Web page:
Effects of light absorber on micro stereolithography parts

Zabti, Mohamed Mohamed (2012). Effects of light absorber on micro stereolithography parts. University of Birmingham. Ph.D.


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This thesis reports the results of an investigation of the effects of adding Tinuvin\(\char{msam10}{0x72}\)327 to PIC-100 acrylate resin on such important parameters as cure depth, critical energy, part density, dimension accuracy and surface quality. Initially, an experimental investigation was carried out to characterise the cure depth of resin after the addition of Tinuvin\(\char{msam10}{0x72}\)327 in five different concentrations using a white light microscope. The investigation has shown that increasing Tinuvin\(\char{msam10}{0x72}\)327 concentration reduces cure depth thickness and increases critical energy; it also found that increasing Tinuvin\(\char{msam10}{0x72}\)327 concentration increased the density of the fabricated parts but significantly reduced the tensile strength. The influence of different concentrations of Tinuvin\(\char{msam10}{0x72}\)327 in PIC-100 acrylate resin on the accuracy of the fabricated parts was investigated, and it was shown that increasing the proportion of Tinuvin\(\char{msam10}{0x72}\)327 from 0.1% to 1% (w/w) caused a significant increase in dimensional . The accuracy of Jacobs’ cure depth model in predicting cure depth after the addition of Tinuvin\(\char{msam10}{0x72}\)327 was investigated by comparing measured cure depth and predicted results using Jacobs’ model. The results show that Jacobs’ model does not keep pace with the changes that occur in the PIC-100 photo polymerisation process with changes in material characteristics due to the addition of Tinuvin\(\char{msam10}{0x72}\)327. Jacobs’ cure model was adapted using two empirically derived constants to accurately predict the cure depth. Finally, a parametric optimisation process was performed using the PARETO multi objective optimisation function of Matlab 2010. For 1% Tinuvin\(\char{msam10}{0x72}\)327 concentration and an irradiation level of 750mW/dm\(^2\), the optimum exposure time was found to be 10 seconds.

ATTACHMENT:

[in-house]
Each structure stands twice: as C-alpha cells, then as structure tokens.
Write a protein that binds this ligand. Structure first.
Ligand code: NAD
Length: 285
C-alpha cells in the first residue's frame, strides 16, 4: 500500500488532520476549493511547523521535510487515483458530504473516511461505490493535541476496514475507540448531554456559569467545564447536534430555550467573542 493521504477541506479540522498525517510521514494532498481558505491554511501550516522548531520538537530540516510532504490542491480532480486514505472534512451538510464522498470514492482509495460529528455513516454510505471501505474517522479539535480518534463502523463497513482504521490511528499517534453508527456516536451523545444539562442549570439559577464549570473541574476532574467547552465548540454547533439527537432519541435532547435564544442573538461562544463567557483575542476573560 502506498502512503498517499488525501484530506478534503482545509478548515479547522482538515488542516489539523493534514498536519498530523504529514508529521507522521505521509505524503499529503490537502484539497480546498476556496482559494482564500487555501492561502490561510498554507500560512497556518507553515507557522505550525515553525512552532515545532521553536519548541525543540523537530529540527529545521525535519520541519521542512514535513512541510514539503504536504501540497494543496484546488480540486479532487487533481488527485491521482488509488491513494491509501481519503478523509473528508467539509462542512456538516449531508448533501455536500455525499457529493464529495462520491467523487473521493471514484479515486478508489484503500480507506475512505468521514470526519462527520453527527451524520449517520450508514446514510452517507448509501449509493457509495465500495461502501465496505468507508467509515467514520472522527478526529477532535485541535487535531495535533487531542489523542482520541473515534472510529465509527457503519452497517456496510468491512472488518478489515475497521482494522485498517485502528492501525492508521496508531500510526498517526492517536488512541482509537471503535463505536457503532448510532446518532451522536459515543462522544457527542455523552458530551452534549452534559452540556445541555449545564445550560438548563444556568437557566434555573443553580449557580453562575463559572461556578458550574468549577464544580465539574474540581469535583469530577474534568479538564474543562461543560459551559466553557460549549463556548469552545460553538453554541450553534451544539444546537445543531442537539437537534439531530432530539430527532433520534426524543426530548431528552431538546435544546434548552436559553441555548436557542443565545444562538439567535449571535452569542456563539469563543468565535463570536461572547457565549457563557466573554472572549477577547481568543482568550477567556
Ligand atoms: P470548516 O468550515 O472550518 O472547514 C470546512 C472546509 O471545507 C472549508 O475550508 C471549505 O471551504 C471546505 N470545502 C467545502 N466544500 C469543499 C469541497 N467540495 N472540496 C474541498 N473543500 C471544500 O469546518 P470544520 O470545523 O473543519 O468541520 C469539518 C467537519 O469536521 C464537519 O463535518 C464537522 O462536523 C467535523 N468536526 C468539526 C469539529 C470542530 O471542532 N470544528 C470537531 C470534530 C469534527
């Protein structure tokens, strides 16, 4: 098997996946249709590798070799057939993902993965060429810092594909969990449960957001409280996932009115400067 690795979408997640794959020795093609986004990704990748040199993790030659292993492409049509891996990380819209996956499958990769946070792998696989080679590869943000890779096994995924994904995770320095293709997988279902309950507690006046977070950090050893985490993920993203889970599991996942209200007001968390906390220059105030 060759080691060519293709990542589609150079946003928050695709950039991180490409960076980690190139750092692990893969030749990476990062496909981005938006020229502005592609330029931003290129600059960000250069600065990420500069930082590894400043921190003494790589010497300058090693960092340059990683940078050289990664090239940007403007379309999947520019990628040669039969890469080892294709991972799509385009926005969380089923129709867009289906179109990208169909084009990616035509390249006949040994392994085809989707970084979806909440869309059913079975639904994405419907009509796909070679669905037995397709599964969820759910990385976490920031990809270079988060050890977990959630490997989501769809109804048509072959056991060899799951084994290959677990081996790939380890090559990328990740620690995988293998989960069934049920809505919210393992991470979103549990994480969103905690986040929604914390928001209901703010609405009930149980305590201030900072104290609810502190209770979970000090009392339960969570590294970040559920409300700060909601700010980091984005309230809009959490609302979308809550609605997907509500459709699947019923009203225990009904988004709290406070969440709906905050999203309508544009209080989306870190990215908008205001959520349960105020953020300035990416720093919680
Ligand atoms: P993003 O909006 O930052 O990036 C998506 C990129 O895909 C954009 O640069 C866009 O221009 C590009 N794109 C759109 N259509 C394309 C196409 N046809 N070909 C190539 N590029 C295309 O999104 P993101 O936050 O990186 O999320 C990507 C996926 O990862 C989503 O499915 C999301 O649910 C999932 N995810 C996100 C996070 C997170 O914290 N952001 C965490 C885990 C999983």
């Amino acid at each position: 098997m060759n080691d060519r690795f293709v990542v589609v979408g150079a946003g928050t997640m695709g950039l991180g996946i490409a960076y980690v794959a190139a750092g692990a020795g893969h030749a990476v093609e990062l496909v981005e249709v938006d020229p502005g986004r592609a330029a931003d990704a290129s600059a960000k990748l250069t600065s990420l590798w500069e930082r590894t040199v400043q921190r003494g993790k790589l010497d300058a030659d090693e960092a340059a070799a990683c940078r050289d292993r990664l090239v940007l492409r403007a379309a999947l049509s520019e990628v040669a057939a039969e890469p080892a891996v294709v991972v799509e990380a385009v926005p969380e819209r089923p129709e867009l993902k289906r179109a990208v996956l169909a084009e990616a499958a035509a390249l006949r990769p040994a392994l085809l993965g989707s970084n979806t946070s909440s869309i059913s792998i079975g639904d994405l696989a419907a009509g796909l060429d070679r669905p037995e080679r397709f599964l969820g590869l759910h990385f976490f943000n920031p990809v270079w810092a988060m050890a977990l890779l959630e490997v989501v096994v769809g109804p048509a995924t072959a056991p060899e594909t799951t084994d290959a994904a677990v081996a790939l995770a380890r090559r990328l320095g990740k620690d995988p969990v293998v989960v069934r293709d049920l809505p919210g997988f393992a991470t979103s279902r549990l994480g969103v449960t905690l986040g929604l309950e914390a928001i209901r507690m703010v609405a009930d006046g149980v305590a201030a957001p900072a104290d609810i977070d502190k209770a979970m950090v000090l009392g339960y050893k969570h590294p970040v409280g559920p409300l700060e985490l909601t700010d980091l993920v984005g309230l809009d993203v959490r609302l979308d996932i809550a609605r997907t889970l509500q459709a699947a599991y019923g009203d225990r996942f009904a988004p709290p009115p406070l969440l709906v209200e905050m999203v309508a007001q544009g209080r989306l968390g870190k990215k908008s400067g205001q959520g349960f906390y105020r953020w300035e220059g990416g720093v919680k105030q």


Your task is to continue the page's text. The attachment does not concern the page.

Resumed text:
Type of Work: Thesis (Doctorates > Ph.D.)
Award Type: Doctorates > Ph.D.
College/Faculty: Colleges (2008 onwards) > College of Engineering & Physical Sciences
School or Department: School of Engineering, Department of Mechanical Engineering
Funders: Other
Other Funders: Ministry of Higher Education and Scientific Research, Libya
Subjects: T Technology > TJ Mechanical engineering and machinery
T Technology > TS Manufactures
URI: http://etheses.bham.ac.uk/id/eprint/3646


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